Learn how our comprehensive diamond screening protocols caught this unique find.
An extremely rare natural diamond made international headlines for Stuller recently due to our team’s expertise and dedication to diamond screening. GIA® (Gemological Institute of America®) published an article written by Stuller’s Senior Gemologist Guy Borenstein and Diamond and Gemstones Procurement Specialist Sean Oneal in the Summer 2021 edition of their quarterly journal Gems & Gemology that details this incredible find. Guy Borenstein supervises the screening operations in all Stuller departments and locations, including the Stuller Gemological Lab™, which provides a second, more in-depth analysis for the referrals.
A natural round brilliant loose diamond was submitted by a customer to our CAD/CAM department for setting in a custom design. As part of our intake process, every diamond that enters our facility is thoroughly checked and screened to confirm whether it is natural or lab-grown
When the diamond was initially screened by our CAD/CAM team, they received conflicting results. One screener pointed to this being a natural diamond, while the other screener indicated that it was a lab-grown diamond. It was then forwarded to the Stuller Gemological Lab™ for further testing and clarification.
As it turns out, this rare find was a mixed type IaB-IIb diamond with a long-lasting phosphorescence. It is a colorless diamond, and looking at it with the naked eye, you wouldn’t realize how unique it truly is. Under ultraviolet light, the scientific data revealed phosphorescence (an afterglow) that lasted for more than 120 seconds. If natural diamonds do have phosphorescence, it usually lasts for a few seconds. Once Guy saw this result, the team used an FTIR spectrometer that revealed this was indeed a unique, rare natural diamond.
The 0.20 carat diamond’s phosphorescence, as seen immediately after exposure to UV light (left) and after 60 seconds of elapsed time (right). Images by Guy Borenstein.
How Rare Is It?
So, how rare exactly is this natural diamond? Guy has worked for 15 years in gemological laboratories and examined thousands of stones every month, and he has never come across a diamond with properties like this before. The publication of this discovery in Gems & Gemology underscores that this is something new.
The Diamond Screening Process: An Evolving Subject
The diamond screening process is an evolving subject that changes due to new advancements in technology, and Stuller stays up-to-date with all the developments. “This case demonstrates that you cannot rely only on one screening technology,” says Guy. “You always need at least to have another one of a different technology to make sure that you are fully covered. Our tools department offers such technologies.”
If you are in the market for diamond screeners for your business, Guy recommends starting with the following to build your own process. These are also being used by the Stuller team as part of our screening process.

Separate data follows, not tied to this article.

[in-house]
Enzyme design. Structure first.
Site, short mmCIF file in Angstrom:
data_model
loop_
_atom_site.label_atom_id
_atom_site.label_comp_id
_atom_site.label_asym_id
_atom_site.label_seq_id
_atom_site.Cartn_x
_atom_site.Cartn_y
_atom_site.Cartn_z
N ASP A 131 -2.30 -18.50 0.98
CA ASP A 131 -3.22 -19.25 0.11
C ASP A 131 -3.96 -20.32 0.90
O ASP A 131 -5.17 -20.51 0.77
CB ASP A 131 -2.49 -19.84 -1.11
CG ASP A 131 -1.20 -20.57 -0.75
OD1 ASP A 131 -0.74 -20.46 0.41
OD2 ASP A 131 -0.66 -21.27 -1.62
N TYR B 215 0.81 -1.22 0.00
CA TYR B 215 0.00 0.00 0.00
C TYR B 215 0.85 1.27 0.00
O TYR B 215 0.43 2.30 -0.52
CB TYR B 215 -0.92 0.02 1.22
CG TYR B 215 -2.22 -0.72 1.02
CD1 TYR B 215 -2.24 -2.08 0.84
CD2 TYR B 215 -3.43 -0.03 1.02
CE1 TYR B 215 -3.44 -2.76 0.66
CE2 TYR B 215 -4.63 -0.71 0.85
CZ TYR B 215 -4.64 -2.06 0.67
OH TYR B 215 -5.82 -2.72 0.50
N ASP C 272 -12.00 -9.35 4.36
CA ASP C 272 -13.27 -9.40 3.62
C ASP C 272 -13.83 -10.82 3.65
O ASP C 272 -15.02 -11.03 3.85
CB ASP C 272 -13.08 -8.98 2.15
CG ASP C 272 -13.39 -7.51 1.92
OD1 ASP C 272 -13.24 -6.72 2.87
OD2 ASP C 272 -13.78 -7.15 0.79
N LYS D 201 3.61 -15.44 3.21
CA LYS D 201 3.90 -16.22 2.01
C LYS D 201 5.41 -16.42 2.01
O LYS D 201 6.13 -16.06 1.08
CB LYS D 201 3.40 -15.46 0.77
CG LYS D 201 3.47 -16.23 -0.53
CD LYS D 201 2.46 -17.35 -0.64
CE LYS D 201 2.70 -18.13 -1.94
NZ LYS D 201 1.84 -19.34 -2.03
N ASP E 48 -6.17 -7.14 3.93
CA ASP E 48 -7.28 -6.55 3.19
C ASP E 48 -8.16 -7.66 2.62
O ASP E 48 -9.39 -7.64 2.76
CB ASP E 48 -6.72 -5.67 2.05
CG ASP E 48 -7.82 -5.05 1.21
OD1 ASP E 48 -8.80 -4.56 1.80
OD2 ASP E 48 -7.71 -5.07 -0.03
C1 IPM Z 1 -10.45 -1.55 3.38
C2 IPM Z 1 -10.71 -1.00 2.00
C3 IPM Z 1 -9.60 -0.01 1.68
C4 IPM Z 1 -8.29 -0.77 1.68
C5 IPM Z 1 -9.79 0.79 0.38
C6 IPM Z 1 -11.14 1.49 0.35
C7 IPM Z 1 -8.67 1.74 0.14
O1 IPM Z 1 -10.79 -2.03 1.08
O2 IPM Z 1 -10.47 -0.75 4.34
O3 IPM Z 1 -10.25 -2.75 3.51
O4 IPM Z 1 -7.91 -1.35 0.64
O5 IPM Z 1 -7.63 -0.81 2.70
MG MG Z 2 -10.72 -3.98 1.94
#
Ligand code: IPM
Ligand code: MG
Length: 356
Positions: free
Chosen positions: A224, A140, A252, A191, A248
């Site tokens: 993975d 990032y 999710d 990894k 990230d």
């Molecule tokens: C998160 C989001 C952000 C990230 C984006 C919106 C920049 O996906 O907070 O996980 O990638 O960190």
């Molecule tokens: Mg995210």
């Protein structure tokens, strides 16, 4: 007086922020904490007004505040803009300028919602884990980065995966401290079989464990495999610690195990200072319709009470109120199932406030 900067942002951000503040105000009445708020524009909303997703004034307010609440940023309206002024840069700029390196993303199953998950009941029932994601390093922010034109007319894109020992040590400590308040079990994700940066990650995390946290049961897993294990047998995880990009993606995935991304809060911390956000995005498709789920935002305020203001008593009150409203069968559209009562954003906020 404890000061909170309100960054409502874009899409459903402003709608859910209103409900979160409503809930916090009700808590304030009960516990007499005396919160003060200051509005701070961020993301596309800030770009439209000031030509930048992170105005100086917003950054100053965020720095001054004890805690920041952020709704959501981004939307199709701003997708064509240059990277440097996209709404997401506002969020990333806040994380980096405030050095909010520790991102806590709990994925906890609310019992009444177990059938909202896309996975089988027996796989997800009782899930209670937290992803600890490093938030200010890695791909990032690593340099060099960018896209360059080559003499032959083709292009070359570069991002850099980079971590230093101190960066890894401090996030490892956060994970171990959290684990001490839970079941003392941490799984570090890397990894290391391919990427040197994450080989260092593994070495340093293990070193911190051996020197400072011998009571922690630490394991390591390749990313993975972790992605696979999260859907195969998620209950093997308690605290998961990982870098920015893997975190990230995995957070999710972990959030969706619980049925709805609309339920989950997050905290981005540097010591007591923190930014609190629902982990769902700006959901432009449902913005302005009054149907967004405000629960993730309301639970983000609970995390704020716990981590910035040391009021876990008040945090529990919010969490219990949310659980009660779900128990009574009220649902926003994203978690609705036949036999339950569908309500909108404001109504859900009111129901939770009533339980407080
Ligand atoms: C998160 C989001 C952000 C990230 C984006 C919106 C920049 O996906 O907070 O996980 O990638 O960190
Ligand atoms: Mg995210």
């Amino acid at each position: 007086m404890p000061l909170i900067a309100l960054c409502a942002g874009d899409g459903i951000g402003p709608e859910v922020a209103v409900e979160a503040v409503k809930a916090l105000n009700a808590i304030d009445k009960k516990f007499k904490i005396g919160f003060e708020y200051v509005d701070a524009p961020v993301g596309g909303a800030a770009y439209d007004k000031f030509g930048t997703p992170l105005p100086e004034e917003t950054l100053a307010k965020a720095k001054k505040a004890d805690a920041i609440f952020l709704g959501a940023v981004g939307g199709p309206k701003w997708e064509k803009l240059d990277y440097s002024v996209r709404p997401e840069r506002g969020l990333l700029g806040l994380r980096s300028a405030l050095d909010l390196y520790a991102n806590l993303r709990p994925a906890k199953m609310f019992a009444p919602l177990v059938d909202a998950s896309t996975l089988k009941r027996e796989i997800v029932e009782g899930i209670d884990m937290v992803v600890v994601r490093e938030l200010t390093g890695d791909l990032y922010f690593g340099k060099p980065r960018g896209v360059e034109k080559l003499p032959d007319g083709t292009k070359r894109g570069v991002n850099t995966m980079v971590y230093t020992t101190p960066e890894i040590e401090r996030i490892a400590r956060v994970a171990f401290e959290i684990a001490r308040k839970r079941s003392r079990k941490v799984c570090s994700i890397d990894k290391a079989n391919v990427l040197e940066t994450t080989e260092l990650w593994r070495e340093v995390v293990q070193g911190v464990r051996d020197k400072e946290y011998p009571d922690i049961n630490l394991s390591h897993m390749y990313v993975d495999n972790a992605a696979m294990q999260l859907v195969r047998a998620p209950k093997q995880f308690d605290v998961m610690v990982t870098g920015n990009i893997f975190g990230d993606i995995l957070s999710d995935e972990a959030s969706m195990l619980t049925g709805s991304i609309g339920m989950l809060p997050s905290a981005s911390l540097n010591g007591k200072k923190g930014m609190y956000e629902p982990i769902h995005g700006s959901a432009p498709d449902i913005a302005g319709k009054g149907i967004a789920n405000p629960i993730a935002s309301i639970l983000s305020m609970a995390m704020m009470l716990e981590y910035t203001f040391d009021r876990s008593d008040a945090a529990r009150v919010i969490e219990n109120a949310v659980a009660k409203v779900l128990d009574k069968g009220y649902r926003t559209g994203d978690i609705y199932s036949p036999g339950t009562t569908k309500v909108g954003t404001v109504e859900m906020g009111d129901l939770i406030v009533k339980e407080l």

“The two Presidium diamond screeners below differentiate between natural and lab-grown diamonds and cannot identify diamond simulants,” explains Guy. “Therefore, it is better to use them in conjunction with diamond testers which can differentiate between diamonds and other minerals.”
GIA® iD100® Gem Tester with Pink Diamond Software Upgrade (29-3020)
The GIA® iD100® combines advanced spectroscopic technology with GIA’s more than 60 years of diamond and gemstone identification research to distinguish natural diamonds from lab-grown and simulants. The software upgrade comes pre-installed on the device and utilizes the same technology, combined with GIA’s pink diamond identification research, to distinguish natural pink diamonds from lab-grown, simulants, and other natural diamonds whose pink color is introduced by treatments involving irradiation and annealing.
DiaTrue Mobile V2 (29-3023)
The DiaTrue Mobile V2 by OGI is a portable diamond detector known for its speed and is designed to screen CVD and HPHT lab-grown diamonds. It can screen two to three small pieces of jewelry like rings and earrings at a time. In a few seconds per test, hundreds of diamonds can be analyzed with clear and accurate results. Scan any shape of stones D-K.
DiaTrue CS2 Scanner (40-4040)
The DiaTrue CS2 Scanner by OGI is also a fast diamond detector on the market and is designed to screen CVD and HPHT lab-grown diamonds. It has a larger chamber than the DiaTrue Mobile V2 and can scan five pieces of jewelry at a time. In a few seconds per test, hundreds of stones can be analyzed with clear and accurate results. Scan any shape of stones D-K.
DiaTrue CXL2 (40-4141)
The DiaTrue CXL2 by OGI screens for CVD and HPHT lab-grown diamonds, CZ, and Moissanite. Due to its large chamber, it can scan 15-20 pieces of jewelry at a time and of a larger size. In a few seconds per test, hundreds of stones can be analyzed with clear and accurate results. Scan any shape of stones D-K.
Presidium® Synthetic Diamond Screener II (56-7904)
The Synthetic Diamond Screener II was developed by Presidium® to help screen out Type IIa colorless diamonds, which are likely to be synthetic from the natural Type Ia colorless diamond. Enhanced with additional features, the Synthetic Diamond Screener II now tests for melee diamonds as small as 0.02 carats with instantaneous results, through the measurement of UV absorption.\
ARI by Presidium® Diamond Screener (54-5454)
ARI by Presidium is a battery-operated handheld diamond screener that tests on colorless diamonds and Moissanite from D to J colors. ARI measures the UV light reflectance ability of diamonds and Moissanite within three seconds. This item also features a six-language selection in graphic user interface with its touchscreen color LCD display. It has a stylish ergonomic design for easy use and portability.
Jewelry tools and supplies are available at Stuller.com at jeweler’s cost. Call 800-877-7777.